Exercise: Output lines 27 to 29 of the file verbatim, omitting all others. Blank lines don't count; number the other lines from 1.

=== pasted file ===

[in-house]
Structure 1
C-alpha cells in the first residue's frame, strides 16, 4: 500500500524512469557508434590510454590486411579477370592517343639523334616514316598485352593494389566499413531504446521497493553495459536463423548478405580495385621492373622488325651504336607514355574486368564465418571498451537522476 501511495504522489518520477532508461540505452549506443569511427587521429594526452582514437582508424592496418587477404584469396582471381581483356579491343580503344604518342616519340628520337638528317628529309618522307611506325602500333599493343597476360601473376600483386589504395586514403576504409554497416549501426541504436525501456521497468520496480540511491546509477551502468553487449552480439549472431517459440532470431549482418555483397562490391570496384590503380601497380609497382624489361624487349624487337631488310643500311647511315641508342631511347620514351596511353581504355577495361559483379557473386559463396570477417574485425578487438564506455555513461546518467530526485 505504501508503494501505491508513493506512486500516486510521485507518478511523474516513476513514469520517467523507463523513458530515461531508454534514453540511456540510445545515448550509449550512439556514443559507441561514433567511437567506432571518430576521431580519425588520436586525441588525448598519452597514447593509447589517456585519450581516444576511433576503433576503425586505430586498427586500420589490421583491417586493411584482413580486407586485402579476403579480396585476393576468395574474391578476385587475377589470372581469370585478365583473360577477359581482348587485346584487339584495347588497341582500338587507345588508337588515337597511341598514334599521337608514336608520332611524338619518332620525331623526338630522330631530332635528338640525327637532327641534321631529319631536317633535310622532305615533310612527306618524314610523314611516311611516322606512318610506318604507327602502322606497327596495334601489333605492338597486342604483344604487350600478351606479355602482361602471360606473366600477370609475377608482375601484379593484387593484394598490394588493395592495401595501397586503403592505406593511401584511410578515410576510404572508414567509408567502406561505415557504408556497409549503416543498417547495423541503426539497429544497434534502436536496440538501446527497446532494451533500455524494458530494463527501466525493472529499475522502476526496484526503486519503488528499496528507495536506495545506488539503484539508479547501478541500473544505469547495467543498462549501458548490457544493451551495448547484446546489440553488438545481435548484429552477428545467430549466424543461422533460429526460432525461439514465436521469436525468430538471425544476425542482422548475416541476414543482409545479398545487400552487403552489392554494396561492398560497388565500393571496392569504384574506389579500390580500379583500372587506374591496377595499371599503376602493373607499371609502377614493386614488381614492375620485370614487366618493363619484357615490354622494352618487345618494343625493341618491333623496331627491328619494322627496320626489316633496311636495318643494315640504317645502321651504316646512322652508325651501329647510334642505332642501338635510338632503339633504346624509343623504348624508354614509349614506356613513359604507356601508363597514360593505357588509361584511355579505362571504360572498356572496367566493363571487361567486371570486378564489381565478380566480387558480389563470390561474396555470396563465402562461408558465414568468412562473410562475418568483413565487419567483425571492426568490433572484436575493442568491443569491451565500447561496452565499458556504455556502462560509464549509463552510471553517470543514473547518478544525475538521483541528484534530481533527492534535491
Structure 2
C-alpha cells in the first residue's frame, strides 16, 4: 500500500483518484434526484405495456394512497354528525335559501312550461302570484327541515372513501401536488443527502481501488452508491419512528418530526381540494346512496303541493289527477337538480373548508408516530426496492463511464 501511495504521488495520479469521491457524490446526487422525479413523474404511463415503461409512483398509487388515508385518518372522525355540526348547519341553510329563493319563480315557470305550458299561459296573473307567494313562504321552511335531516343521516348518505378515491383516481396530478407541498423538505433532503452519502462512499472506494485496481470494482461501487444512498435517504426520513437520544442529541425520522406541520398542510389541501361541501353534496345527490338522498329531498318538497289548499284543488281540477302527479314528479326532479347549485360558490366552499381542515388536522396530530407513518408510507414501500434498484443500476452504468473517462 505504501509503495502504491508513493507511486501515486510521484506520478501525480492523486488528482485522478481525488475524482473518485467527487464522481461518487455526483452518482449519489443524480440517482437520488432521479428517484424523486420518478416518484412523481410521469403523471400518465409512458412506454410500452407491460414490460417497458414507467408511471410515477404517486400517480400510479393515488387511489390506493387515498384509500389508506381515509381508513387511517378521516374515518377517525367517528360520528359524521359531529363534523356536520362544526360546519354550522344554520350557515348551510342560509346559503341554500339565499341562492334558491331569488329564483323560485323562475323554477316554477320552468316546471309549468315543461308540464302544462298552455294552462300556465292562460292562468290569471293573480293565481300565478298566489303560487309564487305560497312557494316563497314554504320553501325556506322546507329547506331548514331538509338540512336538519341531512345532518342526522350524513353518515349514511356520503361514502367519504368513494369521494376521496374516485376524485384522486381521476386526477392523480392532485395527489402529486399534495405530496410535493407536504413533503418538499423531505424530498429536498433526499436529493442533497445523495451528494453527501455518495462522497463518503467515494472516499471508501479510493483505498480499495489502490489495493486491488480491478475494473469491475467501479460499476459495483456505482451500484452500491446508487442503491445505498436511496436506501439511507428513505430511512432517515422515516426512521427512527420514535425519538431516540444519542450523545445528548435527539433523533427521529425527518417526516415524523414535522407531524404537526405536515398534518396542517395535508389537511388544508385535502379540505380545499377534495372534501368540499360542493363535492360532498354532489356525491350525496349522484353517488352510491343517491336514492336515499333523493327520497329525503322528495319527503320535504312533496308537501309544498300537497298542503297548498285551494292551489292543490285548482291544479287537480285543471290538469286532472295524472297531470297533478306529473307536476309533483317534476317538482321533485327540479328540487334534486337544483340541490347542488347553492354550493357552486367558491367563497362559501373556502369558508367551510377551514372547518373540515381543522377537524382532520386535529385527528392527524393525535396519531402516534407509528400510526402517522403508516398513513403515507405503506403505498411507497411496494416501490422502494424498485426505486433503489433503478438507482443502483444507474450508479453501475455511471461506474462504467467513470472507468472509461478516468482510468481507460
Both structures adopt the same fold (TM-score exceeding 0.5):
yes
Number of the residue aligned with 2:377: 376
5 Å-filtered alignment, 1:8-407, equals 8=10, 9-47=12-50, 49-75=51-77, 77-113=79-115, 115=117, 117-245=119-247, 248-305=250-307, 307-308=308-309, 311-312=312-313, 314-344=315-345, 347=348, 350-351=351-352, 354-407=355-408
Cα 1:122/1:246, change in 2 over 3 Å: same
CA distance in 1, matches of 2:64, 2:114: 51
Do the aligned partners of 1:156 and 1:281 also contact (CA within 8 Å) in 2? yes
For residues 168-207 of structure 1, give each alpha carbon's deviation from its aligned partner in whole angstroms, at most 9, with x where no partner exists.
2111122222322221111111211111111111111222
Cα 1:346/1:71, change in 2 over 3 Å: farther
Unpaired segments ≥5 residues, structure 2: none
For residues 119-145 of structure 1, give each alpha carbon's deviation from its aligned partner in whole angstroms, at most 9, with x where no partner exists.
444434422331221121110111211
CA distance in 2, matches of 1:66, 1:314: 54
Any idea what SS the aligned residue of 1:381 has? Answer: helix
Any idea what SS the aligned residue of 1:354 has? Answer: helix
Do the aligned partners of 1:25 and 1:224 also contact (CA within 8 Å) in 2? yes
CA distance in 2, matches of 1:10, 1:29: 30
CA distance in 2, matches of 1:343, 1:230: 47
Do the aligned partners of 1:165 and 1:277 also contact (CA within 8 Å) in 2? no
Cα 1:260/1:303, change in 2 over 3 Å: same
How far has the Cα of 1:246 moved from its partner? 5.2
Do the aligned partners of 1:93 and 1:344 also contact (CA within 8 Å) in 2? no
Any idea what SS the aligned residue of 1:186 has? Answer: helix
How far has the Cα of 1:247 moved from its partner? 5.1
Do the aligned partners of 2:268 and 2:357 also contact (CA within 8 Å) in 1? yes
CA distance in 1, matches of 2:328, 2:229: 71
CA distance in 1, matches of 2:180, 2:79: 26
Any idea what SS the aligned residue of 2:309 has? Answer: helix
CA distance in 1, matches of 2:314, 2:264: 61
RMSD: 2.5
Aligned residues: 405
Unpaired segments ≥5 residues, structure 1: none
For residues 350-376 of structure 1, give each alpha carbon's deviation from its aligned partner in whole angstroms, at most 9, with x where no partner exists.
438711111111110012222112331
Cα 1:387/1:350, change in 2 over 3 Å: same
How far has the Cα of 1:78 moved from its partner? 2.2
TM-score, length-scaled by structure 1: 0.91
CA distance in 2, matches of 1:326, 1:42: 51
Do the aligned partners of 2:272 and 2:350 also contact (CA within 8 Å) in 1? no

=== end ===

How far has the Cα of 1:246 moved from its partner? 5.2
Do the aligned partners of 1:93 and 1:344 also contact (CA within 8 Å) in 2? no
Any idea what SS the aligned residue of 1:186 has? Answer: helix